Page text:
as seen on dailybreeze.com LAX to LA Harbor
By Carley Dryden, Staff Writer
Polliwog Park in Manhattan Beach never meant much to the Avinas, who live four hours away.
But last year, it’s where they first met their daughter.
“I knew right away,” Toni Avina said.
Johana was a Colombian orphan “on summer vacation” in the United States with a host family. Yes, it was a vacation — her first plane ride, first trip to the beach, bike riding, visiting the Santa Monica Pier — but her trip had a more pressing, albeit understated, objective. Johana was part of Kidsave’s Summer Miracles program, which brings orphans from Colombia to the United States for five weeks in hopes of getting them all adopted by the end of the trip.
Each weekend, Kidsave, a nonprofit devoted solely to finding homes for children, holds events across the L.A. area that allow all of the host families and orphans to hang out together and gives potential parents a chance to meet the children in person.
“I call it ‘dating,’ ” said Cheryl Paller, who has hosted several Colombian girls in her Malibu home.
During those weekend mixer-type events, the families can play volleyball with the kids, eat pizza, go bowling and watch them interact with others. They discover facets of their personality they would never have gleaned from the dossier handed to them by an orphanage.
Last summer, during an event at Polliwog Park, George and Toni Avina met Johana. The Avinas have two grown children and a 9-year-old son, Niko. They told themselves if they met a child that fit the family well, great. But if it didn’t happen, that was OK too.
“We had no pressure to adopt,” Toni said.
When they arrived at the park, Niko and Johana took off running together.
“I said, ‘That’s it.’ We saw her laughing and smiling and playing. When I saw her I thought, ‘I can’t teach joy. If they have joy, if they have a thirst for life, you can help them,’ ” Toni said.
Johana lived on the streets until she was 10, then went into foster care. The last week of March, she became an Avina.
The family came back down to Manhattan Beach from Paso Robles last weekend for one of this summer’s Kidsave events, hosted by the Manhattan Beach Rotary Club.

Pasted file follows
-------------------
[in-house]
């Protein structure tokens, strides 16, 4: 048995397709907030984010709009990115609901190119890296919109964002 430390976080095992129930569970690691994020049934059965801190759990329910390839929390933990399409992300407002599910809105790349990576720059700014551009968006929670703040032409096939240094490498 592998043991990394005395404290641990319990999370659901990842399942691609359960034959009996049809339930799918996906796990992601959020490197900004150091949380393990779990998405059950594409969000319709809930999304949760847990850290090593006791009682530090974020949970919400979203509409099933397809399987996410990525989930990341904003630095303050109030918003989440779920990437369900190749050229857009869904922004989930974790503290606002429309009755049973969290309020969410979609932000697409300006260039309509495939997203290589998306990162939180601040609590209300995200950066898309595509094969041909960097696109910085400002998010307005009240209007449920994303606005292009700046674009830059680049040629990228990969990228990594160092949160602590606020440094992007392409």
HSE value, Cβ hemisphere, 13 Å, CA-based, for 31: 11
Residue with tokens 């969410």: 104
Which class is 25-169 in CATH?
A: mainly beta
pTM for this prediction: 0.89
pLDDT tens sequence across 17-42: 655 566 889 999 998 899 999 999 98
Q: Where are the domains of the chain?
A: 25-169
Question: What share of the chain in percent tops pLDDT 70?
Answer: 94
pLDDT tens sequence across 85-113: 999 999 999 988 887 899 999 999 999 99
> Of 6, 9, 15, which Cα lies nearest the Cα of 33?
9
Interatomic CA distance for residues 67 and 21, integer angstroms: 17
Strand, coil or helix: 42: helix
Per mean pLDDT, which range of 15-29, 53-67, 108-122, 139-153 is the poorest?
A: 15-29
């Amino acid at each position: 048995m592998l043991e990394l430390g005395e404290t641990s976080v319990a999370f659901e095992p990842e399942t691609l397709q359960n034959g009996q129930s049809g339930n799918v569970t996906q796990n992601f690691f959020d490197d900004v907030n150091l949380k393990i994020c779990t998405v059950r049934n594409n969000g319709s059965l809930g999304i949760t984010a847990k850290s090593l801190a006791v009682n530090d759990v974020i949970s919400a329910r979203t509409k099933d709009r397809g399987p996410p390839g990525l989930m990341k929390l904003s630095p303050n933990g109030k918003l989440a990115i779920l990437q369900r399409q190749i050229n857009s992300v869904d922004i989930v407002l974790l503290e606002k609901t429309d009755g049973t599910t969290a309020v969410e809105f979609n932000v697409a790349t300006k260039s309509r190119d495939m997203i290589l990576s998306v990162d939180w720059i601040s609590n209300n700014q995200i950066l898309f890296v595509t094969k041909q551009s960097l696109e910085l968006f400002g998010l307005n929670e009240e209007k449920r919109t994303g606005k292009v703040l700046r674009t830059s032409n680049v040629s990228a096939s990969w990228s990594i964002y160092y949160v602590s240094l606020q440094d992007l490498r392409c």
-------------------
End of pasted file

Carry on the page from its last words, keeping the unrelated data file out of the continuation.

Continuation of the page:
This year, seven Colombian orphans, ranging in age from 11 to 13, are in the Los Angeles area until the end of July. If they are not adopted by the end of the trip, they will return to their orphanages or foster homes. Those who are adopted still must return to Colombia until the process is completed, typically within a year or less.
Kidsave CEO and co-founder Randi Thompson said the idea is not to give the orphans a Disneyland experience.
“The idea is to give them a family environment, to give them the opportunity to meet interested adults,” she said. “When you have kids that are 11 to 13, it’s hard to wrap your arms around (adopting them).”
The nonprofit’s goal is to find every orphan a family during their trip, but not all are good candidates for adoption, she said. Sometimes they bring a child back three different times before they find the right match.
Children in the program do not have serious physical or emotional issues, Paller said.
“Sometimes when children come from too traumatic of a situation, they’re not really going to adapt well here,” she said. “We want the program to be successful.”
At the event on Saturday, Colombian girls and boys ran around the park with their American peers, squirting each other with water guns, tossing buckets of water on each other, pulling each other aside to share a joke. A language barrier is hardly an obstacle for children. They sprinted around all afternoon, giggling and shouting. The seven in need of adoption don’t speak English. Most of the
Colombian orphans in the U.S. for five weeks in hopes of getting adopted had fun in Polliwog Park with other orphans that have since been adopted. (Photo by Chris Miller)
host families don’t speak Spanish. But they can communicate.
Our thanks to Carley Dryden and dailybreeze.com for helping the kids!